5 Data Prep Tasks You Can Perform in Tableau Desktop
Updated: Sep 4, 2020
Tableau desktop is no doubt one of the leaders in business intelligence industry according to market research firm – Gartner. With an intuitive interface (drag and drop interface) and a host of features and capabilities for authoring dashboards.
Like other data visualization tools, Tableau relies on a well-structured data to create dashboards. This calls for the need of data preparation tools e.g. Tableau prep or availability of data preparation capabilities within Tableau desktop to help developers quickly shape data when need be.
Therefore in this article, we'll explore five data prep tasks you can perform in Tableau desktop.
Data preparation in Tableau desktop
Pivoting data is a technique of transposing data from a crosstab format into a columnar format for quick analysis.
Analyzing data stored in a crosstab format can be difficult, when one type of information is stored in multiple columns, pivoting the data from columns to rows makes the data much easier to work with.
For instance, in this sample data set on social media shows responses of different individuals on different social media channels they use. To quickly analyze this data, you will first need to shape it by pivoting. Pivoting the data will bundle all the social media channels in one column and the responses in another column hence simplifying your analysis.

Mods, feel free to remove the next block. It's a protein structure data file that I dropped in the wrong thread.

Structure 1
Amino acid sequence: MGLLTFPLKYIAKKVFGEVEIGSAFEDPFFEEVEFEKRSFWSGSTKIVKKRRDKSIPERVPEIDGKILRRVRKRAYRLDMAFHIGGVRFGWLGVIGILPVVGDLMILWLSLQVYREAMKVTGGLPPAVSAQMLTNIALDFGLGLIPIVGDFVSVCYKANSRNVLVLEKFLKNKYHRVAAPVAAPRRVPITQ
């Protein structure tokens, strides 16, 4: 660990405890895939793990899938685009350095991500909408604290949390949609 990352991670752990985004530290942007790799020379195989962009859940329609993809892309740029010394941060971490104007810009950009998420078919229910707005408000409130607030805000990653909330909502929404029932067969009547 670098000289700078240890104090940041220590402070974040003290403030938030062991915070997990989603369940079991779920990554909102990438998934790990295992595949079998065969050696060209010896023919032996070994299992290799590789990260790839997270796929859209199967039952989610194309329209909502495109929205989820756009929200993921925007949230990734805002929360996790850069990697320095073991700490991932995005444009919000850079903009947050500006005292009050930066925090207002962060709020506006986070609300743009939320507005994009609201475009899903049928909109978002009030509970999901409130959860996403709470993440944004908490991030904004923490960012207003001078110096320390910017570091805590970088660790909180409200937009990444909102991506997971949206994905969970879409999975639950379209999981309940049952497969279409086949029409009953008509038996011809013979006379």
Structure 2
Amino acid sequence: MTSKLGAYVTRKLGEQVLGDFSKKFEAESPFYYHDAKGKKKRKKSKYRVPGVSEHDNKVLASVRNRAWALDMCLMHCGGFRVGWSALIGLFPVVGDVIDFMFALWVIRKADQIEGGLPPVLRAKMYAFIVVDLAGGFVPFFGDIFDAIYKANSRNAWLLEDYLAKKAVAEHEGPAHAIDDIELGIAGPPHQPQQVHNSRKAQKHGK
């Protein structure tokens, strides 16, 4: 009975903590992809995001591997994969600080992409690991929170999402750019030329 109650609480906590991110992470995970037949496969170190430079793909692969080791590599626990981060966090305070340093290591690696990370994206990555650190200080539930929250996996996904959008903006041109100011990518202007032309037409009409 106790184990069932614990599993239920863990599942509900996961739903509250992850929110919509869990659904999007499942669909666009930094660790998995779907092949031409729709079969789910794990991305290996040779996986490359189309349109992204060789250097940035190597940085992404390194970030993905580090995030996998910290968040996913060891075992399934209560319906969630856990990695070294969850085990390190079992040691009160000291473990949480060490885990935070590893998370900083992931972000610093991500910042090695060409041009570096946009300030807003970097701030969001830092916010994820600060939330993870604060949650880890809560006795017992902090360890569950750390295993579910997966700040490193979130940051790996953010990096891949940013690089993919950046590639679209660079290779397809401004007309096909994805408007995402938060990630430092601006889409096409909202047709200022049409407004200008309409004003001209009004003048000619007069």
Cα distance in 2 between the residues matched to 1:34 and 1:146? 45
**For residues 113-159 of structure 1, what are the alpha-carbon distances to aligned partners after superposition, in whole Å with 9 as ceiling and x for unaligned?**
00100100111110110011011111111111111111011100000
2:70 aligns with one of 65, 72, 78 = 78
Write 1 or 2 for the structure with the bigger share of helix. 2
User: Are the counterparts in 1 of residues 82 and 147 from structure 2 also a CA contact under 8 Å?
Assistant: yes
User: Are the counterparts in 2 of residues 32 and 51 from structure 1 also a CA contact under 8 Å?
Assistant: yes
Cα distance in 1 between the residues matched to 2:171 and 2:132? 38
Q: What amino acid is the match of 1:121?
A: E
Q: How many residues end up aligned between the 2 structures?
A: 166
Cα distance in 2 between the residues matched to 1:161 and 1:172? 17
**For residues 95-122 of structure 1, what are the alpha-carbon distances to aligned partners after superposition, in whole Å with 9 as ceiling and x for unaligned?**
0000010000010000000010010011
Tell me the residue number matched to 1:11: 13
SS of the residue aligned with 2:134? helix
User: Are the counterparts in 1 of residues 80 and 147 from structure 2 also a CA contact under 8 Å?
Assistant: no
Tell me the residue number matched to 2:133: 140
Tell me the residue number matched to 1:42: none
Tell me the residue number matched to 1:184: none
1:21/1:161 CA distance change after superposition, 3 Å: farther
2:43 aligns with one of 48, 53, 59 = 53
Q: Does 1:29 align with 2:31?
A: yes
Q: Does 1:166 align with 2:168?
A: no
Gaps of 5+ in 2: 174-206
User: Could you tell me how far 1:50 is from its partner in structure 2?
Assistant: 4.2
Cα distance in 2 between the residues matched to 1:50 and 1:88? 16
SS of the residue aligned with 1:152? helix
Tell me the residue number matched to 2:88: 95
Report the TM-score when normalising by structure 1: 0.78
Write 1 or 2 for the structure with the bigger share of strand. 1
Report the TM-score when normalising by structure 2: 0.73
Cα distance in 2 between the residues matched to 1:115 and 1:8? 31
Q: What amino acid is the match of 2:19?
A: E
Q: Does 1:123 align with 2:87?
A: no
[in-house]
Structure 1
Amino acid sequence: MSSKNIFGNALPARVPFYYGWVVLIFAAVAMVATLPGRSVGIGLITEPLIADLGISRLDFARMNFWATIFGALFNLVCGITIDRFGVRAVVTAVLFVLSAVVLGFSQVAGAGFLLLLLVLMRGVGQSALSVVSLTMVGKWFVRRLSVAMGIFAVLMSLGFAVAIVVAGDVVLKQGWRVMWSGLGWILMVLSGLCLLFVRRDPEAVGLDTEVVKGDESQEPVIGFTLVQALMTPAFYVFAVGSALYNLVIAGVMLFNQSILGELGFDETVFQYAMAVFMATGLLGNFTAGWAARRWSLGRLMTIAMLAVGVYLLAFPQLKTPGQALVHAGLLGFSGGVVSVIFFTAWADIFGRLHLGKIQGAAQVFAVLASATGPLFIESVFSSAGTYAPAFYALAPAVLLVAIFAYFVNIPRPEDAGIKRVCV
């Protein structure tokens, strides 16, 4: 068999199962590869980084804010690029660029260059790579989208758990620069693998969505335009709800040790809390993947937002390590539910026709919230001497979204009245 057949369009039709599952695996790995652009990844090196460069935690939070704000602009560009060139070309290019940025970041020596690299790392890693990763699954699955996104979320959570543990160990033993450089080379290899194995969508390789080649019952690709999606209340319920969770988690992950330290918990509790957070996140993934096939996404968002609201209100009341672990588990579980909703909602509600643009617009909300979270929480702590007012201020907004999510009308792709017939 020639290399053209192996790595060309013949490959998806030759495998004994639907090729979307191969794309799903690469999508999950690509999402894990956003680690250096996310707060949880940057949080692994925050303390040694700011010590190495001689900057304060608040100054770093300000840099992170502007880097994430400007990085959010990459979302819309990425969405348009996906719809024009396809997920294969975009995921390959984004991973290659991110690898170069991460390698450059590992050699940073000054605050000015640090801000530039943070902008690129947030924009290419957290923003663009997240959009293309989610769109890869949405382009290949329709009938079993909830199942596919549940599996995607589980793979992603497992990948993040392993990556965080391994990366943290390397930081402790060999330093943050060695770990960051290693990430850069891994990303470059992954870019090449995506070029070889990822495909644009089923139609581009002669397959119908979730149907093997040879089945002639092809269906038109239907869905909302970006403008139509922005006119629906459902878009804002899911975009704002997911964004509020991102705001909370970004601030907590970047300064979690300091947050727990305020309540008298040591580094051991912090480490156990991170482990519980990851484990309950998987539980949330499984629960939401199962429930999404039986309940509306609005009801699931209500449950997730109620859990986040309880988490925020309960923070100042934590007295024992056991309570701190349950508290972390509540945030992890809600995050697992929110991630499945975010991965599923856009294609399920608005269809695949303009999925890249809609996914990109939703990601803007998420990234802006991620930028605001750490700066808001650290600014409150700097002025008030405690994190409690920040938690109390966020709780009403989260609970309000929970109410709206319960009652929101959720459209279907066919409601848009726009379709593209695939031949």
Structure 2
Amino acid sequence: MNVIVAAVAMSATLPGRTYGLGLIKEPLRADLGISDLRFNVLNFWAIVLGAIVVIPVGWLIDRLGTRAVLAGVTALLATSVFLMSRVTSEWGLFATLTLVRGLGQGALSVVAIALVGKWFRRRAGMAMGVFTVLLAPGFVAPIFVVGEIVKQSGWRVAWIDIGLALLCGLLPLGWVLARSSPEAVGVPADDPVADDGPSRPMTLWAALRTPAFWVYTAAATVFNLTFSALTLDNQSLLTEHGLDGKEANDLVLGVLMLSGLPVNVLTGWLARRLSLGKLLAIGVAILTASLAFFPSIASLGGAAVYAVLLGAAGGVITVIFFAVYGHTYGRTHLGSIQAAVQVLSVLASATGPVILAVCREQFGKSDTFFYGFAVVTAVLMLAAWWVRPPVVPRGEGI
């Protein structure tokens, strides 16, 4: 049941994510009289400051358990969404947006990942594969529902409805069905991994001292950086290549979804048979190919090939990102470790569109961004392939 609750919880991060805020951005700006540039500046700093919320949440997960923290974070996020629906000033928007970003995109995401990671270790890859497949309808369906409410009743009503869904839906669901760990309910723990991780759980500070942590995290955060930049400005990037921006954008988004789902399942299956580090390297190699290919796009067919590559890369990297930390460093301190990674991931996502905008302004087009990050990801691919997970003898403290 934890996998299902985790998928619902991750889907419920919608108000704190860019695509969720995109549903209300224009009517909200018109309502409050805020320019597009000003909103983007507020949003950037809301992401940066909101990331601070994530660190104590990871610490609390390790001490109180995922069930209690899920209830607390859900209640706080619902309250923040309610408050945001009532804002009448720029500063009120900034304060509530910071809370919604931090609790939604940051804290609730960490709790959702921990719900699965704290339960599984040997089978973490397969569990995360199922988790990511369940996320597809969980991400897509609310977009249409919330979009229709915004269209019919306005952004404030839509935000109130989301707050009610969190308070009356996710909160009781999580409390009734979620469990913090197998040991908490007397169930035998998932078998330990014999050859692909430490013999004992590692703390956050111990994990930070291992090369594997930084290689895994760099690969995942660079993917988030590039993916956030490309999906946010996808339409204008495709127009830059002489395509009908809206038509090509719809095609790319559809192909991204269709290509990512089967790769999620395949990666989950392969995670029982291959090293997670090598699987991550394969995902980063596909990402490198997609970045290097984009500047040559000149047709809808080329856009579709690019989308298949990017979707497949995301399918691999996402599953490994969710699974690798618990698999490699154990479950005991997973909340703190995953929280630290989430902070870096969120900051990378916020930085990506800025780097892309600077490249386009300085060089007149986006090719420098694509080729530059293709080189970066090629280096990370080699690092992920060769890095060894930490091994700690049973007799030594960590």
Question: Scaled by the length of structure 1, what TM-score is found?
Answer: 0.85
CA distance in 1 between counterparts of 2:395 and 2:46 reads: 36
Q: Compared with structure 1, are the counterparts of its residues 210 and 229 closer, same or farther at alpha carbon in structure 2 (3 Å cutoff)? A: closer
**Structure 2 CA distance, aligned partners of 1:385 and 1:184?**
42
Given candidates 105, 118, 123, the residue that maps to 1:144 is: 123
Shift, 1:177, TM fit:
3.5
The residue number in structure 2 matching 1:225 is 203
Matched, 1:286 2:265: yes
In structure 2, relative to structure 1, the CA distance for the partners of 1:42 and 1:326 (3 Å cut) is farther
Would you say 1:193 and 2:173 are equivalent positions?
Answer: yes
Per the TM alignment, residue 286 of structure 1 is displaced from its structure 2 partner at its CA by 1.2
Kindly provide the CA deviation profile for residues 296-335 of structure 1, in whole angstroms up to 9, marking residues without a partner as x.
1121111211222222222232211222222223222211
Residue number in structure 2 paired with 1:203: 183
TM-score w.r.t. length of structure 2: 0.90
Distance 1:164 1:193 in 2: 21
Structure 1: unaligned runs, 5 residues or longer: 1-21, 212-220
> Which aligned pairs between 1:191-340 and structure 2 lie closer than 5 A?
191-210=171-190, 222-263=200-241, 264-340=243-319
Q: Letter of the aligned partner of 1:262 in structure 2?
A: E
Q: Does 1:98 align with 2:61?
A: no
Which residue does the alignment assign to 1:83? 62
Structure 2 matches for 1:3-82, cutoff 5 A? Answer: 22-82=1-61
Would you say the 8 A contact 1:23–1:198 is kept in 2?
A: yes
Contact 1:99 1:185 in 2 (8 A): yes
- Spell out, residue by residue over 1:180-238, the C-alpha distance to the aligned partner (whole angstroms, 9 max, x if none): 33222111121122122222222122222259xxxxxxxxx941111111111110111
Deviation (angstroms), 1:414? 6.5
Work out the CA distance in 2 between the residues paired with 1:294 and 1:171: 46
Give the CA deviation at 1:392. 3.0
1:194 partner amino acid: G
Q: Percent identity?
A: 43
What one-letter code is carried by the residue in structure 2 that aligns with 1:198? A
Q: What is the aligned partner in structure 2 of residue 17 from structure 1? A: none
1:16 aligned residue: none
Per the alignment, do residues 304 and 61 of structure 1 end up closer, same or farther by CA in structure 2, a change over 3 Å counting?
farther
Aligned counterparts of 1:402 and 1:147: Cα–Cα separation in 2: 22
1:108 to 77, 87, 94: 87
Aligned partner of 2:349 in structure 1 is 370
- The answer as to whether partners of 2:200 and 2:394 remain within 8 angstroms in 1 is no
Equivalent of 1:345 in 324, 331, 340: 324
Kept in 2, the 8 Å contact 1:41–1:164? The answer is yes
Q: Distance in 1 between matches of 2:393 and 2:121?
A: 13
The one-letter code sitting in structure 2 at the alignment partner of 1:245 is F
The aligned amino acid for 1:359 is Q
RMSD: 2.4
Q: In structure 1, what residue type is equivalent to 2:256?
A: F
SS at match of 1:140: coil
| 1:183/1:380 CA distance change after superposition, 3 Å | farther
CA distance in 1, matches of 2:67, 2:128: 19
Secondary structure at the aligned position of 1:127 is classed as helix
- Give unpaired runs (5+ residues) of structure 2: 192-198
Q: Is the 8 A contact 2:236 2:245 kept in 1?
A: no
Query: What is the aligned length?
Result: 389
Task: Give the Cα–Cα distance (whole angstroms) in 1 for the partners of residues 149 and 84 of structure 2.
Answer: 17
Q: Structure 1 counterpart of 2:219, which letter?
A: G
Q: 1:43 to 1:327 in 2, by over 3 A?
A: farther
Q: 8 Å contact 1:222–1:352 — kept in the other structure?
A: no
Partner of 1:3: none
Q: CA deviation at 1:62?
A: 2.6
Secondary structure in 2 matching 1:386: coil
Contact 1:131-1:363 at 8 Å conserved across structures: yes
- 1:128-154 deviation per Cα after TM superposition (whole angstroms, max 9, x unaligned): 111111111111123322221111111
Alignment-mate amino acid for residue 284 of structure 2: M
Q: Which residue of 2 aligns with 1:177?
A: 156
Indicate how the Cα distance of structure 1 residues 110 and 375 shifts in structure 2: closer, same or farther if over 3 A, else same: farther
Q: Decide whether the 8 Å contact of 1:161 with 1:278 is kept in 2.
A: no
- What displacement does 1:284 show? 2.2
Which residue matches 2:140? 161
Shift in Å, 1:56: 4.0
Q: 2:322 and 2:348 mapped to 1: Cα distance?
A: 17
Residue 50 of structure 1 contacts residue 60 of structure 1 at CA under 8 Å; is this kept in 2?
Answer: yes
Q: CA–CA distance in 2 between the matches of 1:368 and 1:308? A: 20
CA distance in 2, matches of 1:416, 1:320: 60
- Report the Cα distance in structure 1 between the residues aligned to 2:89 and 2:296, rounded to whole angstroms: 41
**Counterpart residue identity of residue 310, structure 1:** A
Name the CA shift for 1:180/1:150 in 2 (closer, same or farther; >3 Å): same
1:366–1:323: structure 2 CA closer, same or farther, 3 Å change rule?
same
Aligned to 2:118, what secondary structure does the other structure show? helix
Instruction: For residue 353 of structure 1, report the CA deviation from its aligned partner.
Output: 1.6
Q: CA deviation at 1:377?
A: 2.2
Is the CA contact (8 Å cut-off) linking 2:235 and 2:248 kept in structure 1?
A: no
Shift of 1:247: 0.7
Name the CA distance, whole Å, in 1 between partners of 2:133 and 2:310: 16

Step by step guide on how to pivot data in Tableau desktop
Splitting fields into multiple fields
Sometimes data may contain multiple units of information in the same column. A good example is the first and last name of a customer in one column. In scenarios where you need to perform your analysis based on the customer’s first name, you can split or custom split such columns into multiple columns.
In the example below we split the ‘Customer Name’ column into multiple columns ‘First name’& ‘Last name’ respectively.
Changing data types
All fields in a data source have a data type. Data type reflects the kind of information stored in that field. And each data type is represented by a unique icon. Sometimes Tableau can misinterpret these data types in which case you can change the data type by clicking on the icon.
Grouping is applicable when you need to combine related members in a field. Grouping is useful for both correcting data errors (e.g. Combining Africa, Afrika & Afric into one data point) as well as answering ‘What if’ type of questions (e.g. What if we combine the east and west regions?)
In this example, grouping is used to combine ‘Africa’, ‘Afrika’ and ‘afric’ into a single data point named ‘Africa’.
Data interpreter lives within Tableau desktop. After connecting to data, if Tableau detects sub-tables in your data, you’ll be presented with the option to turn on data interpreter. The data interpreter will draw out sub-tables and exclude any extraneous information.
Connecting to this data Tableau will prompt you to turn-on the data interpreter.
Using the data interpreter excludes the irrelevant information.
These are some of simple data prep tasks you can perform in Tableau desktop.
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